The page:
A new MIT scientific journal paper splashes water on the cold fusion phenomenon, saying the heat generated in table-top experiments is just energy released from cracks in the metal rods.

Ali F. AbuTaha, a Washington, D.C., scientific consultant and metals engineer, presented the paper in May 1989 at a workshop in Santa Fe, N.M. But "Cold Fusion - The Heat Mechanism," wasn't published until the Fall 1990 edition of Journal of Fusion Energy. A second paper by AbuTaha, "Cold Fusion - Engineering Perspectives," is printed in the winter 1990 issue of the same journal.AbuTaha contends the palladium rods in B. Stanley Pons' and Martin Fleischmann's experiments are weakened and cracked by deuterium, a heavy form of hydrogen used in the cold fusion experiments. The cracking, or embrittlement process, releases heat. He says Pons and Fleischmann "bet the farm" and based a principle of heat generation that is a basic law to metal engineers.

Reaction to the paper was generally positive, although not everyone agreed with AbuTaha's conclusions.

- Fritz Will, director of the University of Utah's National Cold Fusion Institute, called AbuTaha's work a "nice paper" but said it didn't appear based on experimental studies.

"The question is: Are there big surprises in this? And my answer would be: `No.' "

- Steve Jones, a physicist at Brigham Young University who has been conducting cold fusion experiments for several years, said AbuTaha's theory would be an interesting non-fusion explanation for the heat that is generated through the experiments.

- Kevin Wolf, a physicist at Texas A&M University's Cyclotron Laboratory, said AbuTaha's paper appears reasonable. "The work makes a lot of sense to me. I'm not a metallurgist, but quantitatively it explains some of the claims."

Wolf said the theory is consistent with fusion experiments that report heat production depends on how the metal is worked. According to AbuTaha's explanation, when metal is rolled or forged or thinned, it retains internal stress that can be released, as heat perceptible to the touch, through cracking or etching.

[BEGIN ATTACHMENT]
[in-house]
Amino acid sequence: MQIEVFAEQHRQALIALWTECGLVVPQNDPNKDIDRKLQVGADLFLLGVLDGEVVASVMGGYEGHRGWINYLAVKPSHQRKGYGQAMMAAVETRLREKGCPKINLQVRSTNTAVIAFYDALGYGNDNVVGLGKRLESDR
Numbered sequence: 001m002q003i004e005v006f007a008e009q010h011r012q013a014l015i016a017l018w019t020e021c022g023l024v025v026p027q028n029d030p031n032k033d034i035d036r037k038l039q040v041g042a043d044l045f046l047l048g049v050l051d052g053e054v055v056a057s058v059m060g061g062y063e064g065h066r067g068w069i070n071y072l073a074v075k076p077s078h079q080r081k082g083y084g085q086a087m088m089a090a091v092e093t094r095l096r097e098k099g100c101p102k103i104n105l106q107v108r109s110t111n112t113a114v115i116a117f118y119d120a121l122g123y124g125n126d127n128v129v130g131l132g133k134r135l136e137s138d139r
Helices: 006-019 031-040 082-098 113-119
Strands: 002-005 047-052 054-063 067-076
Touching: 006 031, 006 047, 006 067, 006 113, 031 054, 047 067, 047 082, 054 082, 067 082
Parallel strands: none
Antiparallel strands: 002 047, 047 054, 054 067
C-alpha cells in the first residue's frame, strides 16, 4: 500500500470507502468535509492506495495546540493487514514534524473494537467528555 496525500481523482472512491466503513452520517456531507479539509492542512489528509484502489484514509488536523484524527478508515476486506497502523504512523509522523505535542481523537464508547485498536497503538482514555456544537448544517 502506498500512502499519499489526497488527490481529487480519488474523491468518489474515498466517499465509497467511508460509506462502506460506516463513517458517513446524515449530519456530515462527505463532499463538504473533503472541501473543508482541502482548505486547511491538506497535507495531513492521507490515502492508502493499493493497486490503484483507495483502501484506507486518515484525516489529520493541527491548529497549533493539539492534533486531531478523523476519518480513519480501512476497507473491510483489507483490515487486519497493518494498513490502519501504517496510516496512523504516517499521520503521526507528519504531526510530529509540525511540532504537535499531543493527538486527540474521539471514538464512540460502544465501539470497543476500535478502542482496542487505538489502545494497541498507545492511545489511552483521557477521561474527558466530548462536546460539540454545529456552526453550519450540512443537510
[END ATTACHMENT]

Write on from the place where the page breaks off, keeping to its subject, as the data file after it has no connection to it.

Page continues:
While AbuTaha debunks the Pons/

Fleischmann theories, he respects them for exploring the phenomenon they observed in the laboratory.

"What happens when a crack opens up?" AbuTaha said. "You release surface energy. What would surprise a number of physicists is that you will release a tremendous amount of surface energy.

"In simple terms, when palladium rods are plunged into hydrogen, deuterium or another corrosive environment, the metal begins to break down," he said. "This process of breaking down is nothing but doing work in physics. And work, by definition, is a force times a distance. So each time a crack forms within the metal, it does a small amount of work. And work is energy and energy is heat."

But Will counters with the results of experiments conducted by a group of metallurgists, led by Milt Wadsworth, dean of the University of Utah's College of Mining Engineering, who conducted the fusion institute.

"Their ongoing studies have taught them that these are very complex, exceedingly complex interrelated phenomenon with no simple explanation at hand.

"What we know is fracturing of metals does produce low levels of nuclear energy. Some low levels of heat can be explained. The amounts of heat produced in cold fusion experiments is larger, I believe, then what can be explained by a fracture model."

Electrochemists Pons and Fleischmann ignited the scientific world in March 1989 when they announced they sustained nuclear reaction in a tabletop experiment that produced more energy in the form of heat than was used to run it.

According to the team's experiments, their simple reactor produces electrochemically induced pressure that forces deuterium nuclei closer together. The lattice structure of the palladium, used in the core of the reactor, may play a role in producing nuclear energy.

But AbuTaha and others disagree that fusion results. They say the fervor ignited after the Utah announcement because the experiments appeared to offer cheap, clean source of energy. "Everyone ran to the laboratories, if you recall, and no one cared to stop at the library," AbuTaha said.

"If you go back, cold fusion was looked at primarily by physicists and chemists. As such, mechanical processes are not usually in their domain. I think the excitement of the moment is what might have led many astray, especially with a story that seems to promise solving our energy problems," AbuTaha said.

James Intrater, vice-president of Advanced Technology, Inc., in San Jose, Calif., thinks the cracking theory sounds so simple that many experts wouldn't consider it a valid explanation. Intrater has written his own unpublished paper on the same theory, based on AbuTaha's work.

"If I explain this to a class of junior (college level) materials students, they would sit back and say, "People thought this is fusion. This is so clear,' " Intrader said.

Intrater said cold fusion "is an example of an intensely non-multidisciplinary project," he said.

"There is a hierarchy. Physicists look down on chemists. Chemists look down on engineers. Engineers look down on machinists."